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Female television characters are two-dimensional

Sophia McDougall’s great article “I hate Strong Female Characters” has been posted all over my social networks in the past week. I agree that female characters in pop fiction rarely get to be full, complex people, and that “strength” often functions as another one-dimensional, unrealistic cliche.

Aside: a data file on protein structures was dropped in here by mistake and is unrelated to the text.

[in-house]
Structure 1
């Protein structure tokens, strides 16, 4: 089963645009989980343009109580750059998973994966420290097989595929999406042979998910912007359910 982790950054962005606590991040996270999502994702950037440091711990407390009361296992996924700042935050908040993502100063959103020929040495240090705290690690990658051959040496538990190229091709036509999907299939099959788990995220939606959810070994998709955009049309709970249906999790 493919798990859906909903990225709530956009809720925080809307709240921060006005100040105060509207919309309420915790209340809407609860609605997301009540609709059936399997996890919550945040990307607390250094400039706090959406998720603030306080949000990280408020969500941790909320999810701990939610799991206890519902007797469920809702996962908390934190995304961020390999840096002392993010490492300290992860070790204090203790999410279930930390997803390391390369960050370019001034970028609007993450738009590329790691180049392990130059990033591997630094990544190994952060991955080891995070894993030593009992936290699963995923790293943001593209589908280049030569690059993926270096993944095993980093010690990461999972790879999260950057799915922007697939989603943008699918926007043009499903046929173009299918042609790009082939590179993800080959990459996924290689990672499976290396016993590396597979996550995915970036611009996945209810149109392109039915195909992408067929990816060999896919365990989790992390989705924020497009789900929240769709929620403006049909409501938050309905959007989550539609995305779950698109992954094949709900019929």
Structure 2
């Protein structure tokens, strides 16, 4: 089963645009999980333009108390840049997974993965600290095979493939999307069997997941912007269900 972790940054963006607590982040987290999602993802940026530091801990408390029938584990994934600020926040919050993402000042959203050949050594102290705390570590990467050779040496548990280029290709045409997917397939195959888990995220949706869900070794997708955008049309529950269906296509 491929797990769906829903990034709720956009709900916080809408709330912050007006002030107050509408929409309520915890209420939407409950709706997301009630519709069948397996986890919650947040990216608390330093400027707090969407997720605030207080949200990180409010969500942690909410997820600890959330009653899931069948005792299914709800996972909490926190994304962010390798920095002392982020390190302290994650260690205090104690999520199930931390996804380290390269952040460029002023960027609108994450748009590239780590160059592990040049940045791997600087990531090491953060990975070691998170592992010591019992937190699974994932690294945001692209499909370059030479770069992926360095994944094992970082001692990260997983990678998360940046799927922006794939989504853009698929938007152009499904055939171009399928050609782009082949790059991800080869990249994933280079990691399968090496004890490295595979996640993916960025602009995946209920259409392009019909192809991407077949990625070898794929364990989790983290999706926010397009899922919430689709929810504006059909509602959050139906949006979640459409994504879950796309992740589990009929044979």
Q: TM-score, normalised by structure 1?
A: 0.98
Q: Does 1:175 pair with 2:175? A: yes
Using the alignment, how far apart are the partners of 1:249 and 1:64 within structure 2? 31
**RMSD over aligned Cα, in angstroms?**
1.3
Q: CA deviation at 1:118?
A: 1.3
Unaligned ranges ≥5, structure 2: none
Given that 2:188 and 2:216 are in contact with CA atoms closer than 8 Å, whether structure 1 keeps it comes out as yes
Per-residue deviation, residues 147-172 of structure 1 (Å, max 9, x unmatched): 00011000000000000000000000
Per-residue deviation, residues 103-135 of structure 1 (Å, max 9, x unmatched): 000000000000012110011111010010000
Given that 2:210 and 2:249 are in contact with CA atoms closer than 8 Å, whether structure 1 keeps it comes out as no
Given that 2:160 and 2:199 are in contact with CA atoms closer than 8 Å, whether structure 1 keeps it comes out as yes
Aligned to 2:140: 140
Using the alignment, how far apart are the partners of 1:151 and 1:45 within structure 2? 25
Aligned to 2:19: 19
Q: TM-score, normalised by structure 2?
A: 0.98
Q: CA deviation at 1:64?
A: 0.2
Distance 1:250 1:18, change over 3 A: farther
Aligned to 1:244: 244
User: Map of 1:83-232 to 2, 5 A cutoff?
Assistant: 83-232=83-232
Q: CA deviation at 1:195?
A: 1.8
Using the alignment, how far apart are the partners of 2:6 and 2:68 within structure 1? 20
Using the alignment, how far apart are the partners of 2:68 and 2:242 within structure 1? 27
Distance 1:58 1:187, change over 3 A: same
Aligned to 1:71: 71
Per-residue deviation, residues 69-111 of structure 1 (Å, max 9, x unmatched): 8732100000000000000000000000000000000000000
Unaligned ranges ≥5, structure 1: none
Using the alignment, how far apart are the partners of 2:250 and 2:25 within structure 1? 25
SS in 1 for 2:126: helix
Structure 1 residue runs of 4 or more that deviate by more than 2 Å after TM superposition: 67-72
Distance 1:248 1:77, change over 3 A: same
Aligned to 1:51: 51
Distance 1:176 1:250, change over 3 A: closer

I’ve been mulling over this topic, and it seems to me the problem involves more than just writers creating one-dimensional women. Women in the real world get pigeon-holed into impossibly contradictory stereotypes, too (virgin/whore) – I’m a woman and a feminist I know I work to be conscious of this kind of stereotyping, including of myself. Meanwhile, the actions of white men rarely limit their access to humanity unless they do something that’s seen as, say, undermining their gender (men of color absolutely get boxed into dehumanizing stereotypes). If this is something that plays out in the real world, it makes sense that audiences would default to limited views of actually complex female characters in fiction. And I think this is exactly what’s happened with Skyler White on Breaking Bad.

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